The death of Missouri Auditor Tom Schweich from an apparent suicide continued to reverberate through state politics Friday.
The Republican from the St. Louis suburbs, seen as a leading contender in the race for governor in 2016, died from an apparently self-inflicted gunshot Thursday morning.
Campaign events were canceled Friday. So was a planned trade mission by Gov. Jay Nixon to Cuba. A replacement for Schweich was named, but only on a temporary basis.
And the Missouri Republican Party’s chairman worked to dispel rumors that he had engaged in a whisper campaign targeting Schweich’s religion — a charge Schweich made to reporters by telephone just moments before allegedly taking his own life.
Nixon cited Schweich’s death in backing out of a scheduled trade mission next week to Havana. His wife, first lady Georganne Nixon, will go on his behalf.
Later in the day, Nixon, a Democrat, announced that one of his closest advisers would act as Schweich’s successor on an interim basis.
John Watson served as Nixon’s chief of staff from 1997, when he was attorney general, through his tenure as governor until December. The governor named Watson to serve as Missouri auditor until an appointment is made.
At that time, Nixon said, Watson will resign.
“I am pleased that he has agreed to serve while I move thoroughly and expeditiously to select a permanent replacement,” Nixon said in a statement.
The campaign for governor was also put on hold. The candidates who Schweich would have faced in a GOP primary — former U.S. attorney Catherine Hanaway and former Missouri House member Randy Asbury — canceled all upcoming campaign events.
“Out of respect to the Schweich family, and to honor the memory of State Auditor Tom Schweich, the Asbury campaign will suspend campaign-related activities and social media posts at this time,” the campaign said in a statement. “We encourage all Missourians to pray for Tom’s family and friends during this difficult time.”
In an email to the GOP state central committee sent Friday morning, Missouri Republican Party chairman John Hancock denied allegations that he was spreading rumors that Schweich was Jewish.
One of Schweich’s final acts before his death was an attempt to set up an interview with reporters from the St. Louis Post-Dispatch and The Associated Press to discuss his belief that Hancock had been spreading misinformation about his religion.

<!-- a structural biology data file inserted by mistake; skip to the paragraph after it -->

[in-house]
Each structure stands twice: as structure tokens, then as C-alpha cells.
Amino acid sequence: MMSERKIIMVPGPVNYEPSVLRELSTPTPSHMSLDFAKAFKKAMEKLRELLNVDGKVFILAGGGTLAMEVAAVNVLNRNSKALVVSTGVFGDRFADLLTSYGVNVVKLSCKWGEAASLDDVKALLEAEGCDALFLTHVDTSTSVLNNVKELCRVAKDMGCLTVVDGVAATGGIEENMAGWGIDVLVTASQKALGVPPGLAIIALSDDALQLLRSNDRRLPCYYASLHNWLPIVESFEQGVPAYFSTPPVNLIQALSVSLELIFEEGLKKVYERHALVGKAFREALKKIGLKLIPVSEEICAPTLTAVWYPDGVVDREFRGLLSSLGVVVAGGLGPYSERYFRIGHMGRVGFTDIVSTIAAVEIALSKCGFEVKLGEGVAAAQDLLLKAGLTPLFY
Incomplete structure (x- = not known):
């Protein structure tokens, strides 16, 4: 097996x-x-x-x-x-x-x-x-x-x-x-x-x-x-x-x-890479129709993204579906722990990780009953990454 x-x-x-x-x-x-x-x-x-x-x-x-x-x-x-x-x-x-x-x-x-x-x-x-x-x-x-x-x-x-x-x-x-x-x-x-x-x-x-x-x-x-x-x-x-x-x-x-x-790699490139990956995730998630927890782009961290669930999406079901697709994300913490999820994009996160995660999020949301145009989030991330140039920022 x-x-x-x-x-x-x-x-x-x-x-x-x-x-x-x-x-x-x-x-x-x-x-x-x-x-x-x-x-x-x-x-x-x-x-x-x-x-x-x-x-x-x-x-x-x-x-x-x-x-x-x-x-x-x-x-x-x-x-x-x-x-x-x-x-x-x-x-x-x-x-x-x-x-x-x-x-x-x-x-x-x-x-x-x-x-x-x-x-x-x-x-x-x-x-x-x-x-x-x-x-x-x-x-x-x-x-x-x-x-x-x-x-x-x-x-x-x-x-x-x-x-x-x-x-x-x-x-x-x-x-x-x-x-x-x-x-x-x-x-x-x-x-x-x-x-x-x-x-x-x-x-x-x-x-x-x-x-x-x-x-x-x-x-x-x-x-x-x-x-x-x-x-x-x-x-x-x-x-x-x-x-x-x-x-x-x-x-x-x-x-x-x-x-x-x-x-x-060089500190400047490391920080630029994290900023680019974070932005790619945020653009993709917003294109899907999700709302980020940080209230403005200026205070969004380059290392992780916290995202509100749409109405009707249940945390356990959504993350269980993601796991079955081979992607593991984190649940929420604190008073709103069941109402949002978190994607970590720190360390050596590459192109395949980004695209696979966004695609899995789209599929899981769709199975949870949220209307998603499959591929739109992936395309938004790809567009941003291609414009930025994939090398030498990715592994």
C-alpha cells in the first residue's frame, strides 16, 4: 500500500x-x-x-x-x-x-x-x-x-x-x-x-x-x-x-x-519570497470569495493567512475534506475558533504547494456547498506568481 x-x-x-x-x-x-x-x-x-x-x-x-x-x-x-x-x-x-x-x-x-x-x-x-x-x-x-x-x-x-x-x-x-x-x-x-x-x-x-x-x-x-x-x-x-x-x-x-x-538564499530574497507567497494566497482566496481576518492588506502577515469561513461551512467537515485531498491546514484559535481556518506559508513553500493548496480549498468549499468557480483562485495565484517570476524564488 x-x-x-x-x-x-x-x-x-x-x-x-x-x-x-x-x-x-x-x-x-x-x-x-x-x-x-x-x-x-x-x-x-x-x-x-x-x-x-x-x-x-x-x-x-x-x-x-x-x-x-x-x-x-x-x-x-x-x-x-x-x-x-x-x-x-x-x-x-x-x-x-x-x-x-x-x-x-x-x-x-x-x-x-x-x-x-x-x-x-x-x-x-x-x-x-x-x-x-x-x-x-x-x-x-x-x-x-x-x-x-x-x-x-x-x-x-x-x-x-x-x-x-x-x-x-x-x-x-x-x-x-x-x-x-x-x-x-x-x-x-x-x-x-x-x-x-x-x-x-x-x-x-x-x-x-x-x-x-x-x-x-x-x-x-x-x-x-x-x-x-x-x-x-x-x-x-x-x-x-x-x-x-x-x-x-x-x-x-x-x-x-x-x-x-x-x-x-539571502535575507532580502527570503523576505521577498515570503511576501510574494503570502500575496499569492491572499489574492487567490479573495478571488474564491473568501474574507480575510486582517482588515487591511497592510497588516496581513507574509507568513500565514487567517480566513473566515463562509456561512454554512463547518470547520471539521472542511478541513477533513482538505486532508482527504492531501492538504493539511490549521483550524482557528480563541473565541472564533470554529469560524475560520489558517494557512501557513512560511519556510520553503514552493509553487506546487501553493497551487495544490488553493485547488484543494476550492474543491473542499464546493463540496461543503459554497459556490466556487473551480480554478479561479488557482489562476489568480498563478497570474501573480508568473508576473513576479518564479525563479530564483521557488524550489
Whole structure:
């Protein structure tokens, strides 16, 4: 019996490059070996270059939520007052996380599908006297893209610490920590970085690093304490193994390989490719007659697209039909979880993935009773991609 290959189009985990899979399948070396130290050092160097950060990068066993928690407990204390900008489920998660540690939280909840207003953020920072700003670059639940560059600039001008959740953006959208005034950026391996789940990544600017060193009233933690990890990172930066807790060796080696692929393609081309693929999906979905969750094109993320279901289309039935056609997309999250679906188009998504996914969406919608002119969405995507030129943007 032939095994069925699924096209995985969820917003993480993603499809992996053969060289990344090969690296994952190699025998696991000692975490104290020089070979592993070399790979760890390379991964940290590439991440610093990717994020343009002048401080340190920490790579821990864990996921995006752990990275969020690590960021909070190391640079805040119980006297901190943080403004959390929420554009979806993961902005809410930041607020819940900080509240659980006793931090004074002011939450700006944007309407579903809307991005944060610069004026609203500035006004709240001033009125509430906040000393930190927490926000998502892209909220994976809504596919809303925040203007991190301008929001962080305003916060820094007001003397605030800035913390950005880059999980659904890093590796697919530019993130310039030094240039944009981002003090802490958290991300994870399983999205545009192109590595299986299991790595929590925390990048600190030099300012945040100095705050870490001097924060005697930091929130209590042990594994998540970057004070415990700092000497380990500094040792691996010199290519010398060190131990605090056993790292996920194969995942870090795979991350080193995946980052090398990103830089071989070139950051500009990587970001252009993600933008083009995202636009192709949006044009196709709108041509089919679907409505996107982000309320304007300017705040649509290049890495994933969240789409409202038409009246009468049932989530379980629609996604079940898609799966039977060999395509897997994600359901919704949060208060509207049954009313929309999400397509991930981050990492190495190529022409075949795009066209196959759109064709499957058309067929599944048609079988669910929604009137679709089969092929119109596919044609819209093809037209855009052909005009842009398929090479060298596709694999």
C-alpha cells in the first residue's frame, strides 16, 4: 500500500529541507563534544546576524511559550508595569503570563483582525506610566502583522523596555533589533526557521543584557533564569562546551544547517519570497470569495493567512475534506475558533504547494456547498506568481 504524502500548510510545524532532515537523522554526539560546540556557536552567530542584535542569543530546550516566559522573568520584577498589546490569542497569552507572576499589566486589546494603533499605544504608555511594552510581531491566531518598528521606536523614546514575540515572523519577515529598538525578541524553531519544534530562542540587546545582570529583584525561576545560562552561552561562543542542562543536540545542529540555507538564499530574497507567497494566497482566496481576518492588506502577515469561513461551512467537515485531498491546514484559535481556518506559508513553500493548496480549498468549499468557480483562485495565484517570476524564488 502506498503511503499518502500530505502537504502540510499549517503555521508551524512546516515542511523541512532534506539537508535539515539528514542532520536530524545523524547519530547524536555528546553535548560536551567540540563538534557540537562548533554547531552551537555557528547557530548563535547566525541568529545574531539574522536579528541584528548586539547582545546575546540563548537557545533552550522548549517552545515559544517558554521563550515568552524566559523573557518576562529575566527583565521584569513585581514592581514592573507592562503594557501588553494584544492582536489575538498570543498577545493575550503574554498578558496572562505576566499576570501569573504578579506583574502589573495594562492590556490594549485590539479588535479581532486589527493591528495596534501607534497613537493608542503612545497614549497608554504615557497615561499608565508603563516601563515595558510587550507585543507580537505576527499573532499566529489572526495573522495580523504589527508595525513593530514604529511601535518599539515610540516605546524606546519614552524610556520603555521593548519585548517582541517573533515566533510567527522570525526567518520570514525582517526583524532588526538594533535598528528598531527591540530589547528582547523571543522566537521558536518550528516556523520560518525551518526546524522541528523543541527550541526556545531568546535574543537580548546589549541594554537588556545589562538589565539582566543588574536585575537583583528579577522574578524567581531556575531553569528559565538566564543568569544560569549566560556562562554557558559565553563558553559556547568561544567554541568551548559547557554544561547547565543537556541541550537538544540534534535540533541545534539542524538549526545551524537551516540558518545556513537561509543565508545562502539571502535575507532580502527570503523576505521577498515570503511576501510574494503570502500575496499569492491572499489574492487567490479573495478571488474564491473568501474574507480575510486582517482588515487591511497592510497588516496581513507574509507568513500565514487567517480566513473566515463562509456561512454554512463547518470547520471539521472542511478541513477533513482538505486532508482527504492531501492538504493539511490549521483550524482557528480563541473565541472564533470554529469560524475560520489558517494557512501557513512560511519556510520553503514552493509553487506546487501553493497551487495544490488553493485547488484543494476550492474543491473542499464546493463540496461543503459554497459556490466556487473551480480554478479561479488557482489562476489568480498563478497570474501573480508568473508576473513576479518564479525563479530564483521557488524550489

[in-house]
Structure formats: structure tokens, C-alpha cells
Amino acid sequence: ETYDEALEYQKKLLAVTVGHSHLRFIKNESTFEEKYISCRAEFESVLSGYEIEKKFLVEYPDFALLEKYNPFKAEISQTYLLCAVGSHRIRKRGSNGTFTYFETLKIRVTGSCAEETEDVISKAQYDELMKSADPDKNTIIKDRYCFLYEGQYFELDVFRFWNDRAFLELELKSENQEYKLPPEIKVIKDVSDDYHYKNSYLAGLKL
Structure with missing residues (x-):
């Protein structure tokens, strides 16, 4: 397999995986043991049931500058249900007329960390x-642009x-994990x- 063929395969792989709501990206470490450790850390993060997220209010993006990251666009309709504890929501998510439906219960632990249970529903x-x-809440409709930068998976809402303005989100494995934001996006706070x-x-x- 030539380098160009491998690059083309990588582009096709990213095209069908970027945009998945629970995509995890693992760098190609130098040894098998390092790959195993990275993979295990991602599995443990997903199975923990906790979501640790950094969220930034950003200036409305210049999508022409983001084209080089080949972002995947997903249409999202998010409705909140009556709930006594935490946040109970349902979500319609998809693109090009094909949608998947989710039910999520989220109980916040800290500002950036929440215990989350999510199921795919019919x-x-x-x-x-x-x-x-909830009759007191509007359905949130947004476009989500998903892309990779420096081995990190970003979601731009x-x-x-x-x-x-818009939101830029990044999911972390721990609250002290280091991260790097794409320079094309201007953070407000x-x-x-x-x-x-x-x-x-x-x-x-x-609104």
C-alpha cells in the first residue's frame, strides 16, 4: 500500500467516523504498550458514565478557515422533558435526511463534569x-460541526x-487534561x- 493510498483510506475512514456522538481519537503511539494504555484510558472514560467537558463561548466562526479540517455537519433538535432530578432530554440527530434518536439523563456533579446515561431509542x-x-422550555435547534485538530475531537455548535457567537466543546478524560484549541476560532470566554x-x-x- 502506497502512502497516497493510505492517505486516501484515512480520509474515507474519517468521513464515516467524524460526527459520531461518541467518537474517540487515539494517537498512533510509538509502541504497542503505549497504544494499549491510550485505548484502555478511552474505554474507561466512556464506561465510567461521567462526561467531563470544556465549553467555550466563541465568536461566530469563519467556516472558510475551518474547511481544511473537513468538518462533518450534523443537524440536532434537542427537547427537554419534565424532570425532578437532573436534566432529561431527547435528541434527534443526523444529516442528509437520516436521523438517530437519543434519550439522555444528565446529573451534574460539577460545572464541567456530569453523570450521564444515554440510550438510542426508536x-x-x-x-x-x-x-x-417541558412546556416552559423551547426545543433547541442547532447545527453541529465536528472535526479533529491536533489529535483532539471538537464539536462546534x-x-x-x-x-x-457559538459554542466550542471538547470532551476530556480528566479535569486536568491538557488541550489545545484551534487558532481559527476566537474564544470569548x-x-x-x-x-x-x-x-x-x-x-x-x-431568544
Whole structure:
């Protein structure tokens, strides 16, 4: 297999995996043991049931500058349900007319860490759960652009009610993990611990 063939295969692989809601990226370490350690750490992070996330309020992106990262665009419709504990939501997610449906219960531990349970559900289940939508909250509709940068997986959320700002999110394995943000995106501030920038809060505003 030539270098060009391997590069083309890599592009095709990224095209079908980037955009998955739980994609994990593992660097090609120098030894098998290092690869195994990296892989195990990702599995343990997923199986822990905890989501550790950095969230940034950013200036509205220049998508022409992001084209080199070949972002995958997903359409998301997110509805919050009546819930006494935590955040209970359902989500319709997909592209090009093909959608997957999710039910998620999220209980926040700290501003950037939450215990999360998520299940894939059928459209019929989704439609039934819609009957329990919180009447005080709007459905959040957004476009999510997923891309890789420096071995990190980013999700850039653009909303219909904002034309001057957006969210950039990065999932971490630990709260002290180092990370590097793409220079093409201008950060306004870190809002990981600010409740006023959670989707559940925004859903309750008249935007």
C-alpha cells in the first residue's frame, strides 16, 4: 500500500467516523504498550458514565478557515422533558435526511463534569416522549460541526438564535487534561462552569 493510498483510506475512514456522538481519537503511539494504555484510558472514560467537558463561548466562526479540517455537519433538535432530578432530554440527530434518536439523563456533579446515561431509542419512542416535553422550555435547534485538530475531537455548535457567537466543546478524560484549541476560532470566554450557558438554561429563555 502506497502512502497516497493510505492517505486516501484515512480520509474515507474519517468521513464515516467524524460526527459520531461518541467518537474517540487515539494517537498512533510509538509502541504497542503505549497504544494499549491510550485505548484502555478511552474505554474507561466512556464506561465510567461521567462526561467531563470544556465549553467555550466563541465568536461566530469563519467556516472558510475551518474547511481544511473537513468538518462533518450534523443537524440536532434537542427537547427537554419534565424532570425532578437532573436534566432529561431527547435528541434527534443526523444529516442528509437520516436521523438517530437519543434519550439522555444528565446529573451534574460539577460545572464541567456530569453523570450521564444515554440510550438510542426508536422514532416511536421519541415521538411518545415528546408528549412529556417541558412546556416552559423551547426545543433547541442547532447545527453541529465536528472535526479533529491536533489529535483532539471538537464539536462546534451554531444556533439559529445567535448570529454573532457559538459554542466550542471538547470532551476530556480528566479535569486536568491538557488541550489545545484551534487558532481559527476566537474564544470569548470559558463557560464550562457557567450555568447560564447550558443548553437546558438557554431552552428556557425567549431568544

Schweich told a Post-Dispatch editor that he was an Episcopalian with a Jewish grandfather and suspected references were made to his Jewish heritage to damage his standing with Republicans in the primary for governor.
Hancock said that he mistakenly believed that Schweich, 54, was Jewish, “but it was simply a part of what I believed to be his biography — no different than the fact that he was from St. Louis and had graduated from Harvard Law School.”
“While I do not recall doing so, it is possible that I mentioned Tom’s faith in passing during one of the many conversations I have each day,” Hancock wrote. “There was absolutely nothing malicious about my intent, and I certainty was not attempting to ‘inject religion’ into the governor’s race, as some have suggested.”
On Thursday morning, Schweich called the AP at 9:16 a.m. to invite a reporter to his house for an interview that afternoon. The AP spoke to him again at 9:35 a.m. to confirm. At 9:41 a.m., Schweich called Tony Messenger of the Post-Dispatch and left a voice mail.
“I’m willing to speak to the Post-Dispatch and AP only on this matter,” Schweich said in the voice mail. “To me, this is more of a religion story than a politics story, but it’s your choice on who the reporter is. Thanks. Bye.”
Seven minutes later, a 911 call was placed from Schweich’s home. He was rushed to a St. Louis hospital, where he was pronounced dead from a single gunshot wound. An autopsy was scheduled to take place Friday.
“No one will ever fully understand what led to yesterday’s tragedy,” Hancock wrote in the email to party leaders. “Still, I am sad to have learned that some of Tom’s final moments were spent thinking of an ongoing disagreement with me.”
Hancock said he had tried to make peace with Schweich for several months, and it is “my sincerest regret that we will be forever unable to do so.”
Mark Anthony Jones, chairman of the Jackson County Republican Committee, called Schweich’s death “a horrible, sad tragedy.”
“We’re all shocked,” Jones said Friday afternoon. “But I don’t fault John Hancock.”
Jones, who was among the Republican officials to receive Hancock’s email, said he has not heard any serious suggestions that Hancock’s job as party leader is in jeopardy.
“I don’t think John Hancock should resign,” he said. “I fully support him.”
A memorial service will be held for Schweich at 10 a.m. Tuesday at The Church of St. Michael & St. George, 6345 Wydown Blvd. in the St. Louis suburb of Clayton. Former U.S. senator Jack Danforth, a longtime friend and mentor to Schweich, will officiate, according to Danforth’s office.